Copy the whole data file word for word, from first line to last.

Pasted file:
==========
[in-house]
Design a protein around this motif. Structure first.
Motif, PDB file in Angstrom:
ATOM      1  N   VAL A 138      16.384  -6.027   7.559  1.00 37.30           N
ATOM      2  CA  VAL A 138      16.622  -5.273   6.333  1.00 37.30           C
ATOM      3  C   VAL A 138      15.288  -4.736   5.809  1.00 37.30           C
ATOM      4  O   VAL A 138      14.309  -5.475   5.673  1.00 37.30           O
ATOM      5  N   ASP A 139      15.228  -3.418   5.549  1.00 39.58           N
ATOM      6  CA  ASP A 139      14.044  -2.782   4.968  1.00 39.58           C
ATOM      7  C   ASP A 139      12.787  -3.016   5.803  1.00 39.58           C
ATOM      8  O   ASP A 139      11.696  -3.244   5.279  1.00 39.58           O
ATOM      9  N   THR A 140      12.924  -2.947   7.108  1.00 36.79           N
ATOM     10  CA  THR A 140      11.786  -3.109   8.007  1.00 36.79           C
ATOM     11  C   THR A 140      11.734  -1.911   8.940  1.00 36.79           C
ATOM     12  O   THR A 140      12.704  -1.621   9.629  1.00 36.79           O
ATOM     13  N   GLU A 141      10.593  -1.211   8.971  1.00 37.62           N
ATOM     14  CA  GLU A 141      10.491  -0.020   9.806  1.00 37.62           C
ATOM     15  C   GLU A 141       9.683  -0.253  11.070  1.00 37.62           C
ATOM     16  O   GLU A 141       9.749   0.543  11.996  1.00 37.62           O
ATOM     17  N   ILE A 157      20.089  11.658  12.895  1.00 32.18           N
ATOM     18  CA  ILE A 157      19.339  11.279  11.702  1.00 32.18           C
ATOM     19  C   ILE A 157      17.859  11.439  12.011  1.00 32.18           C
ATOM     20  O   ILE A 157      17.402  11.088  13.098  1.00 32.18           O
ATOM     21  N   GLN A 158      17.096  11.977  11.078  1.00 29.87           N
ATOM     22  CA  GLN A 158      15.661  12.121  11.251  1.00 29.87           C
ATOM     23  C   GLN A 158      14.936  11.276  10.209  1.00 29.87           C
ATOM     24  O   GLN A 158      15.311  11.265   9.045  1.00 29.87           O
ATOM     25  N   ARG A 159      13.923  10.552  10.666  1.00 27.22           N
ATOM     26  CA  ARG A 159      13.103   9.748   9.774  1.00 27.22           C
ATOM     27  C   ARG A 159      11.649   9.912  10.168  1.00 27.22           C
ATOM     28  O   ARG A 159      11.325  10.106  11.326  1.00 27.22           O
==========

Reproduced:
[in-house]
Design a protein around this motif. Structure first.
Motif, PDB file in Angstrom:
ATOM      1  N   VAL A 138      16.384  -6.027   7.559  1.00 37.30           N
ATOM      2  CA  VAL A 138      16.622  -5.273   6.333  1.00 37.30           C
ATOM      3  C   VAL A 138      15.288  -4.736   5.809  1.00 37.30           C
ATOM      4  O   VAL A 138      14.309  -5.475   5.673  1.00 37.30           O
ATOM      5  N   ASP A 139      15.228  -3.418   5.549  1.00 39.58           N
ATOM      6  CA  ASP A 139      14.044  -2.782   4.968  1.00 39.58           C
ATOM      7  C   ASP A 139      12.787  -3.016   5.803  1.00 39.58           C
ATOM      8  O   ASP A 139      11.696  -3.244   5.279  1.00 39.58           O
ATOM      9  N   THR A 140      12.924  -2.947   7.108  1.00 36.79           N
ATOM     10  CA  THR A 140      11.786  -3.109   8.007  1.00 36.79           C
ATOM     11  C   THR A 140      11.734  -1.911   8.940  1.00 36.79           C
ATOM     12  O   THR A 140      12.704  -1.621   9.629  1.00 36.79           O
ATOM     13  N   GLU A 141      10.593  -1.211   8.971  1.00 37.62           N
ATOM     14  CA  GLU A 141      10.491  -0.020   9.806  1.00 37.62           C
ATOM     15  C   GLU A 141       9.683  -0.253  11.070  1.00 37.62           C
ATOM     16  O   GLU A 141       9.749   0.543  11.996  1.00 37.62           O
ATOM     17  N   ILE A 157      20.089  11.658  12.895  1.00 32.18           N
ATOM     18  CA  ILE A 157      19.339  11.279  11.702  1.00 32.18           C
ATOM     19  C   ILE A 157      17.859  11.439  12.011  1.00 32.18           C
ATOM     20  O   ILE A 157      17.402  11.088  13.098  1.00 32.18           O
ATOM     21  N   GLN A 158      17.096  11.977  11.078  1.00 29.87           N
ATOM     22  CA  GLN A 158      15.661  12.121  11.251  1.00 29.87           C
ATOM     23  C   GLN A 158      14.936  11.276  10.209  1.00 29.87           C
ATOM     24  O   GLN A 158      15.311  11.265   9.045  1.00 29.87           O
ATOM     25  N   ARG A 159      13.923  10.552  10.666  1.00 27.22           N
ATOM     26  CA  ARG A 159      13.103   9.748   9.774  1.00 27.22           C
ATOM     27  C   ARG A 159      11.649   9.912  10.168  1.00 27.22           C
ATOM     28  O   ARG A 159      11.325  10.106  11.326  1.00 27.22           O